Red, Hot+Fela celebrated the life of Fela Kuti, the African musician from an earlier era, who built his life around resistance to governmental repression. Angélique Kidjo, tUnE-yArDs, Nneka and others contributed challenging reworkings of some of Kuti's most enduring songs. 

I exercise my right to interpret the label "world" in the most literal sense with my final choice. What more can be said about David Bowie's The Next Day and the context of its surprise delivery from on high? Shiver-down-the-spine Event of the Year.

 

Pop: Chosen by Hugh Montgomery

Tegan and Sara Tegan and Sara Much respect is shown to pop stars who head left-field: but what of indie artists going the other way? Such was the case with Tegan and Sara; the Canadian sisters' Heartthrob replaced guitar rock with bubblegum pop and was a masterpiece of deceptive simplicity. Less simple was MIA's dazzlingly hyperactive Matangi, which should have seen her generate as many record sales as column inches, but instead spent one week at No 64. Oh well.

On a more intimate note, confessional singer-songwriter John Grant went electronic and produced a second album miraculously even more affecting than his first. Another emotional suckerpunch came from Frightened Rabbit, the Scottish band whose Pedestrian Verse saw them come closer than ever to "doing an Elbow".

Other notable offerings? British urban dance music's purple patch continued with excellent debuts from duo Disclosure and collective-cum-cottage-industry Rudimental. And Franz Ferdinand and Yeah Yeah Yeahs both returned with brilliantly strutting LPs that had us partying like it was, er, 2004. Oh god, winged chariots and all that.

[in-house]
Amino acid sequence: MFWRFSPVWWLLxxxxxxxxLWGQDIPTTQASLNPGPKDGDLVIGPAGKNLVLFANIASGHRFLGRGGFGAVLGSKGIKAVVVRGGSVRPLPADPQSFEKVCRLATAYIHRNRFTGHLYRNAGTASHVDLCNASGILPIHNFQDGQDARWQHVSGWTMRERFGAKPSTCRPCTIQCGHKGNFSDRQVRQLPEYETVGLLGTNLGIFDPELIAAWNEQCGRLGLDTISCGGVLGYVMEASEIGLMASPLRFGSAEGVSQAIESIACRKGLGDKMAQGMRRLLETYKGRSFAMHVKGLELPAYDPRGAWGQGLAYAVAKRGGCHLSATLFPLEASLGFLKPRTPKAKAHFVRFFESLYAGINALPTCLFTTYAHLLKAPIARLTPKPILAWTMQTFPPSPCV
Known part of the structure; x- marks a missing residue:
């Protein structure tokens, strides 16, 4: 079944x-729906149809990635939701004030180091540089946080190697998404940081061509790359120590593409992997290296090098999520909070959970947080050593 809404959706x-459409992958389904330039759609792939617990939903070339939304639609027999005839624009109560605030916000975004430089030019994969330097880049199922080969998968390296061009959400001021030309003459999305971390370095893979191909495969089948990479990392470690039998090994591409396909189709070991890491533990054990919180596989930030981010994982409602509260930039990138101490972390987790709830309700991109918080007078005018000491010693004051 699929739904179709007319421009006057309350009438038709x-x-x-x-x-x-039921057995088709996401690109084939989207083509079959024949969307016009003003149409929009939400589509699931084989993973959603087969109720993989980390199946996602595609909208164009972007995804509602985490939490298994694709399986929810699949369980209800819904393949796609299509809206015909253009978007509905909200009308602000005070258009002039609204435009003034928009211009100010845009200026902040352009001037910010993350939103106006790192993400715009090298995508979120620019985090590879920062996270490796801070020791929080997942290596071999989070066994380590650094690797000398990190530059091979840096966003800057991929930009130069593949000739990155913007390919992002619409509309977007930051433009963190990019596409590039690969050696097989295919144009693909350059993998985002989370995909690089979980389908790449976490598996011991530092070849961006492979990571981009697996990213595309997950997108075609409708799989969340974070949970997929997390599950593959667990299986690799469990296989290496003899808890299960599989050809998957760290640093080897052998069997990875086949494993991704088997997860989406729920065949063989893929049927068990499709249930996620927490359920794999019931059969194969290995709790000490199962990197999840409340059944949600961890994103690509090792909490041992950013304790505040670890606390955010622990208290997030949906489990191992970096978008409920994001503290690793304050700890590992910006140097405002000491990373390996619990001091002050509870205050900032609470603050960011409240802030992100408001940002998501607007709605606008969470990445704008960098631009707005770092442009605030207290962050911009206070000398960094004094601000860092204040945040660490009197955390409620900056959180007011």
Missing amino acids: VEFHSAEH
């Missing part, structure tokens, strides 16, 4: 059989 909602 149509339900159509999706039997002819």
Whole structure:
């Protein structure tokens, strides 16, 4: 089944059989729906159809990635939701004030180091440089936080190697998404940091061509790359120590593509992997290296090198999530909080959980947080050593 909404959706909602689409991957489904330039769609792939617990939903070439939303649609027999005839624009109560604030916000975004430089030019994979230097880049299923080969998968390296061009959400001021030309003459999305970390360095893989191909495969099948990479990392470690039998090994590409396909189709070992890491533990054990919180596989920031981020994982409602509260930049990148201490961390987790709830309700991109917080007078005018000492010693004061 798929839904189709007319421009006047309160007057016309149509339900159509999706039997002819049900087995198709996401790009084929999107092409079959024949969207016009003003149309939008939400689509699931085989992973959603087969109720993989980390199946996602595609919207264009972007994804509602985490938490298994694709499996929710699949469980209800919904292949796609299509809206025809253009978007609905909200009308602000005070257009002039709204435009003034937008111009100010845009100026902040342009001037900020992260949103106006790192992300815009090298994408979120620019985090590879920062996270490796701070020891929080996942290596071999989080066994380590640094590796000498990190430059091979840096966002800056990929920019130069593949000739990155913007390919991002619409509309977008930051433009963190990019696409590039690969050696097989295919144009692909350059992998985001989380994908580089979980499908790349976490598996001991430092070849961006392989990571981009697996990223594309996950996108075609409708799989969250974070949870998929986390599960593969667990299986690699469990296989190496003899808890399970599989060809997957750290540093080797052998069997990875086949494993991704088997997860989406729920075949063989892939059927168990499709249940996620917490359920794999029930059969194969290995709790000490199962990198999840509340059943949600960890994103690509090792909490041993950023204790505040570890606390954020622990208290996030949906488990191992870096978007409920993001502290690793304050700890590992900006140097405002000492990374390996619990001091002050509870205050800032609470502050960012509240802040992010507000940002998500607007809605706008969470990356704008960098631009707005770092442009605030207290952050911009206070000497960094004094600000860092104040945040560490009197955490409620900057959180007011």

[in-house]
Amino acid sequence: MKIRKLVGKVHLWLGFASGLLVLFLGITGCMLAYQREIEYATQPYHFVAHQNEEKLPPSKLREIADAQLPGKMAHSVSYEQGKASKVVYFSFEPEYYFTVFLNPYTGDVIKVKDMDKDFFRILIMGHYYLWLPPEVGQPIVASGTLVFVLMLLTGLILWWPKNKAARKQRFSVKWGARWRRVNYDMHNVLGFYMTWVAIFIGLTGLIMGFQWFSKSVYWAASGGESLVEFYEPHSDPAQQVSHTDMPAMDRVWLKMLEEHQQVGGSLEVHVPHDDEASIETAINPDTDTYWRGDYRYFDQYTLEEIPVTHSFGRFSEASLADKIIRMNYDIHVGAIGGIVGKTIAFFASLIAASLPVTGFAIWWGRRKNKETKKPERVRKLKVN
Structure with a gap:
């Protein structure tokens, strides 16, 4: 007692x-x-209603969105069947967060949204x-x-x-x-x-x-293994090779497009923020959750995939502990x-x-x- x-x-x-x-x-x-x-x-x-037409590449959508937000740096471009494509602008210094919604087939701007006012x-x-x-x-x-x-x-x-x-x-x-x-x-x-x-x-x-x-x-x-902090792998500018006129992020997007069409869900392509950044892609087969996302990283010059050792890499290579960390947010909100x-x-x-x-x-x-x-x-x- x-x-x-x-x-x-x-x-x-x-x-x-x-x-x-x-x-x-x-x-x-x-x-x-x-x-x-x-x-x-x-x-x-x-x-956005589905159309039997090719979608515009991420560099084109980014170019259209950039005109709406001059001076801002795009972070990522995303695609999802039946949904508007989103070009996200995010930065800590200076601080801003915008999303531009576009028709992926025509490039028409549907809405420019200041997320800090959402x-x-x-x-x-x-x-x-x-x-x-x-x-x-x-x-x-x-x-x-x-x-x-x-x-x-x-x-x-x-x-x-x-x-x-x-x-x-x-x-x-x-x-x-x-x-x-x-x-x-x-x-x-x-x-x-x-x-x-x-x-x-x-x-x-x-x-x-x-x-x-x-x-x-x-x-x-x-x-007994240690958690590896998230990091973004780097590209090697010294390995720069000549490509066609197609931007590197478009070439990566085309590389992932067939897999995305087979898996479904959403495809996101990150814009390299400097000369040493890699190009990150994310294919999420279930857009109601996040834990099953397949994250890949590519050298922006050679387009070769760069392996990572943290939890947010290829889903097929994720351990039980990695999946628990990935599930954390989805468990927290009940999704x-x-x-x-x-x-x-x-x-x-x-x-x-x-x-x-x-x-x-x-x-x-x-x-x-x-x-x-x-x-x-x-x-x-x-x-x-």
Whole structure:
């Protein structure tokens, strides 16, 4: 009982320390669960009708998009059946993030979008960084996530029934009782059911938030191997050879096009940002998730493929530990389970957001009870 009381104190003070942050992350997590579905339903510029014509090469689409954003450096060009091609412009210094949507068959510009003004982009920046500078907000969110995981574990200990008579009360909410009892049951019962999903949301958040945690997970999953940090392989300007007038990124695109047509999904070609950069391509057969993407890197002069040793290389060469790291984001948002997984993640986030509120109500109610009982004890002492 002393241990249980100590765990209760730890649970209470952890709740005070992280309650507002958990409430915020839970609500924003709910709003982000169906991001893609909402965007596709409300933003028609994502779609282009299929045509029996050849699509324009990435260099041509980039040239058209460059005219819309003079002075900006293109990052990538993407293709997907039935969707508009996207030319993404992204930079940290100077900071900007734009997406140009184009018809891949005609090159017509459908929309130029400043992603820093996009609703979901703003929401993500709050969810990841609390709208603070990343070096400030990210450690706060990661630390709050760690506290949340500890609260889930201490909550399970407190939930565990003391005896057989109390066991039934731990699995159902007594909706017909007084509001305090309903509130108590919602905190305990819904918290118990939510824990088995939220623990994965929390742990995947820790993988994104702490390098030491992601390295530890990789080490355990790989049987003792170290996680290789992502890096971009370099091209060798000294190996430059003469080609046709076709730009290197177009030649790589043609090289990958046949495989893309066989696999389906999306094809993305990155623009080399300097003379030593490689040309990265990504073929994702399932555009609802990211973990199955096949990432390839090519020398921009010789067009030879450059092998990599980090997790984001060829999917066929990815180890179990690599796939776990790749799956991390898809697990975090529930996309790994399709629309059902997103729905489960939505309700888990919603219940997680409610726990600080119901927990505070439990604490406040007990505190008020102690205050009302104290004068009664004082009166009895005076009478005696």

Rock: Chosen by Kevin Harley

David Bowie's The Next Day David Bowie's The Next Day The chimes of doom were sounded once more for album sales, but "The Album" proved it still had some surprises up its sleeve. Long before a Beyoncé-shaped incendiary device landed, David Bowie and My Bloody Valentine's returns brightened the early-year doldrums by being unexpected and great. Both also recalled a time when a big album could be an event.

So did Daft Punk and Arcade Fire's issues, though not every great album this year relied on pumped-up PR moves. Good albums slipped in under the radar(-ish), old school-style, were plentiful. Suuns, Teeth of the Sea, These New Puritans, Factory Floor and Julia Holter all dazzled.

Indie-rock looked far peakier than The Album, partly due to disappointing debuts from last year's hopefuls Peace and Palma Violets. But Savages, Anna Calvi and Arctic Monkeys showed that guitars could still sound tempestuous, dramatic and saucy respectively, while Suede returned  re-energised and Manic Street Preachers returned reinvented. Nick Cave and the Bad Seeds reshaped themselves too, on Push the Sky Away, an album of tight thematic cogency and binding, ruminative rhythms.

 

Jazz & Funk: Chosen by Phil Johnson

Places of Worship Places of Worship It was a good year for Norwegians. The sound-sculpting trumpeter and singer Arve Henriksen created the dark, mysterious yet very approachable Places of Worship, while his previous recordings for the Rune Grammofon label were collected as Solidification, a neat seven-LP-and -two-DVD box-set. Melodic Warrior by composer/guitarist Terje Rypdal was a vocal/orchestral masterwork; Outstairs by the Christian Wallumrod Ensemble compelled through quiet stealth, and saxophonist Marius Neset's very rhythmical Birds confirmed great promise. Apocalypse by US bassist Thundercat made poppy-funk sound fresh, and there were some outstanding jazz vocal albums: Liane Carroll's Ballads, Gregory Porter's Liquid Spirit, Aaron Neville's My True Story and Andy Bey's solo set, The World According to Andy Bey.

The vinyl revival continues apace: Gearbox released a string of essential Brit-jazz LPs; Nick Drake's re-mastered Five Leaves Left sounded better than ever; and you could soundtrack an entire disco party with nothing but the eight 180g 12-inch singles of Tom Moulton's grandiloquent remixes for Philly Re-Grooved.